Page:EB1911 - Volume 01.djvu/834

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from many branches as it courses through Colombia. It was long supposed to have eight mouths; but Ribeiro de Sampaio, in his voyage of 1774, determined that there was but one real mouth, and that the supposed others are all furos or caños.[1] In 1864-1868 the Brazilian government made a somewhat careful examination of the Brazilian part of the river, as far up as the rapid of Cupaty. Several very easy and almost complete water-routes exist between the Yapurá and Negro across the low, flat intervening country. Barão de Marajo says there are six of them, and one which connects the upper Yapurá with the Uaupes branch of the Negro; thus the Indian tribes of the respective valleys have facile contact with each other.

The Iça or Putumayo, west of and parallel to the Yapurá, was found more agreeable to navigate by Crevaux. He ascended it in a steamer drawing 6 ft. of water, and running day and night. He reached Cuemby, 800 m. above its mouth, without finding a single rapid. Cuemby is only 200 m. from the Pacific Ocean, in a straight line, passing through the town of Pasto in southern Colombia. There was not a stone to be seen up to the base of the Andes; the river banks were of argillaceous earth and the bottom of fine sand.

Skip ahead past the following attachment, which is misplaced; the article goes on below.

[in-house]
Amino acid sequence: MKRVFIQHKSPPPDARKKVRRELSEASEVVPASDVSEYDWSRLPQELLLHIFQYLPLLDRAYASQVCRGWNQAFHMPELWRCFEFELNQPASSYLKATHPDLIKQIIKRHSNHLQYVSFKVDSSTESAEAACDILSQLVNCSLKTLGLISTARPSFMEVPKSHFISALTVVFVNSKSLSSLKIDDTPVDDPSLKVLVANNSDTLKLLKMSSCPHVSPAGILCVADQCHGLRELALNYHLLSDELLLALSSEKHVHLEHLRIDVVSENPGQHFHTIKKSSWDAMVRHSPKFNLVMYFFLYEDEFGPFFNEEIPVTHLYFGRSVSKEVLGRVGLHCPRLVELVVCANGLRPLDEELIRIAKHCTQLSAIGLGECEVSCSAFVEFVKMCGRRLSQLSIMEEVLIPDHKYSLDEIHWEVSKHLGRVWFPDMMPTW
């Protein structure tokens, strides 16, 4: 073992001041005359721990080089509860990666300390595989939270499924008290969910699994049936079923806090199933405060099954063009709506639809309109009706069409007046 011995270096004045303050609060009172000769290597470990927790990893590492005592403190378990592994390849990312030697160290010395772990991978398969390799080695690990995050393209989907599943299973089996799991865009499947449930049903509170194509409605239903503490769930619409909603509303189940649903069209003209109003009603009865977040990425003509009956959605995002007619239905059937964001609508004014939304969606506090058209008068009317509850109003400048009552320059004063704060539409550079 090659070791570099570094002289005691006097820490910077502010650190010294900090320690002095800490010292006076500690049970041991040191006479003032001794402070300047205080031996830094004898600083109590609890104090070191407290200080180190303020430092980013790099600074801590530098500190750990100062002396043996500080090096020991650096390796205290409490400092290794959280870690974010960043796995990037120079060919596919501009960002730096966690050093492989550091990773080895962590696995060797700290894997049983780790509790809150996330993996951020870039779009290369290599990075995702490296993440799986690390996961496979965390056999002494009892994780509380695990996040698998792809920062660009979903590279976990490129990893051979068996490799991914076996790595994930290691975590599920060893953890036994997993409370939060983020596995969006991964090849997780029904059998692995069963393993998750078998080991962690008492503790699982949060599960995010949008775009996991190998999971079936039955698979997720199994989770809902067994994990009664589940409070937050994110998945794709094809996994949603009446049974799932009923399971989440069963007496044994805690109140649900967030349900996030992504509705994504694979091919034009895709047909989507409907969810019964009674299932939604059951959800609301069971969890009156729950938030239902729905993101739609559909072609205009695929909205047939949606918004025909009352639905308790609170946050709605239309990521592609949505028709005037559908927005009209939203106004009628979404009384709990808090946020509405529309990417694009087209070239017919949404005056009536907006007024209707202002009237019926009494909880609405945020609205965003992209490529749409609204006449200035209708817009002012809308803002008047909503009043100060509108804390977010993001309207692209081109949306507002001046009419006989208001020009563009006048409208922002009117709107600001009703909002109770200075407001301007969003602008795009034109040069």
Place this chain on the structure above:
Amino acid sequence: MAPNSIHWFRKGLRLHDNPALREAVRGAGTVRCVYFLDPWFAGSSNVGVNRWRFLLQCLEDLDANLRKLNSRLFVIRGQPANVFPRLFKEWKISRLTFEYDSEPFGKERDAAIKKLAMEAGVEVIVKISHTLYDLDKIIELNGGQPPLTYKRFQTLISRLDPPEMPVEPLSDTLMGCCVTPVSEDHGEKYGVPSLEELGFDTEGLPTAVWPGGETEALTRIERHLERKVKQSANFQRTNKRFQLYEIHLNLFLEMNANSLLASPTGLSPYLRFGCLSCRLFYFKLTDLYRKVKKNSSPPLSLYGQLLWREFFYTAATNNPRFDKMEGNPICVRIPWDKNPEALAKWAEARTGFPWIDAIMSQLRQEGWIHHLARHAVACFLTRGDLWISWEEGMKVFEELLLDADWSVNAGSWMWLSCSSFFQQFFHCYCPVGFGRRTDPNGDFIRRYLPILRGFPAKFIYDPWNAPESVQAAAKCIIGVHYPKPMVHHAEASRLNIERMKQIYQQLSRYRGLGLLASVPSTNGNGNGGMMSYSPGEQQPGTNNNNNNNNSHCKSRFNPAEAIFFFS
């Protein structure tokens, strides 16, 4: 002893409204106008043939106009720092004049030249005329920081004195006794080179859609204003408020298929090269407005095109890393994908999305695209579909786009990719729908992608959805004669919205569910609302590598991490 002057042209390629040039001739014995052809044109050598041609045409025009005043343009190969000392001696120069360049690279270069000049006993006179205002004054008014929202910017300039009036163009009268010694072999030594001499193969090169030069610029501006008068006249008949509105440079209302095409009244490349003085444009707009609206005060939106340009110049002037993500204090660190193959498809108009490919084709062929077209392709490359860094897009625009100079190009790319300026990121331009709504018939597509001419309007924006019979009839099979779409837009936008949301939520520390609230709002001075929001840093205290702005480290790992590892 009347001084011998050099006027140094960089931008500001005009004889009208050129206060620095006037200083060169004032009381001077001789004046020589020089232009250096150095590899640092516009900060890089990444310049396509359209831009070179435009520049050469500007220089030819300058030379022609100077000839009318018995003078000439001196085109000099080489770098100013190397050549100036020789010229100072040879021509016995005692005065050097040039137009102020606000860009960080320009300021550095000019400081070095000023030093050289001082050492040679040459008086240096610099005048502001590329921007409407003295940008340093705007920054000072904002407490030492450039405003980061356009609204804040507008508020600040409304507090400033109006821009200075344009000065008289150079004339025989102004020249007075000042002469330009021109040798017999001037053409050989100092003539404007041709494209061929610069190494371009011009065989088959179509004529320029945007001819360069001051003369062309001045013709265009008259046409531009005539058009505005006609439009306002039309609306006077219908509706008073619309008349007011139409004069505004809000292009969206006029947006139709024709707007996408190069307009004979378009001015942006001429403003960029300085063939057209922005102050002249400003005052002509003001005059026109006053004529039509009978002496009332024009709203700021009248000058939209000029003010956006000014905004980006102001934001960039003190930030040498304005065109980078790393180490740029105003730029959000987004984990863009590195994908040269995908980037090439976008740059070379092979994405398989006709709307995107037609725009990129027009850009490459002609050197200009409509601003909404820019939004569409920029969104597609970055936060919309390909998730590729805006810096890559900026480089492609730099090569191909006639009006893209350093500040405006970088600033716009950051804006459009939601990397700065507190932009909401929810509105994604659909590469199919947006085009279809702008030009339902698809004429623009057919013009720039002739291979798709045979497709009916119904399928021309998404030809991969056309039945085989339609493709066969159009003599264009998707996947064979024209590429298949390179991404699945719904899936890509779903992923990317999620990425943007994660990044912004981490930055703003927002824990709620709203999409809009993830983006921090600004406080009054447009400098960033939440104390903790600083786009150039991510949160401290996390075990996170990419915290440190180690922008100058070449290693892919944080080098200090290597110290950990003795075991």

The Napo rises on the flanks of the volcanoes of Antisana, Sincholagua and Cotopaxi. Before it reaches the plains it receives a great number of small streams from impenetrable, saturated and much broken mountainous districts, where the dense and varied vegetation seems to fight for every square foot of ground. From the north it is joined by the river Coca, having its sources in the gorges of Cayambé on the equator, and also a powerful river, the Aguarico, having its headwaters between Cayambé and the Colombian frontier. From the west it receives a secondary tributary, the Curaray, from the Andean slopes, between Cotopaxi and the volcano of Tunguragua. From its Coca branch to the mouth of the Curaray the Napo is full of snags and shelving sandbanks, and throws out numerous caños among jungle-tangled islands, which in the wet season are flooded, giving the river an immense width. From the Coca to the Amazon it runs through a forested plain where not a hill is visible from the river—its uniformly level banks being only interrupted by swamps and lagoons. From the Amazon the Napo is navigable for river craft up to its Curaray branch, a distance of about 216 m., and perhaps a few miles farther; thence, by painful canoe navigation, its upper waters may be ascended as far as Santa Rosa, the usual point of embarkation for any venturesome traveller who descends from the Quito tableland. The Coca river may be penetrated as far up as its middle course, where it is jammed between two mountain walls, in a deep canyon, along which it dashes over high falls and numerous reefs. This is the stream made famous by the expedition of Gonzalo Pizarro.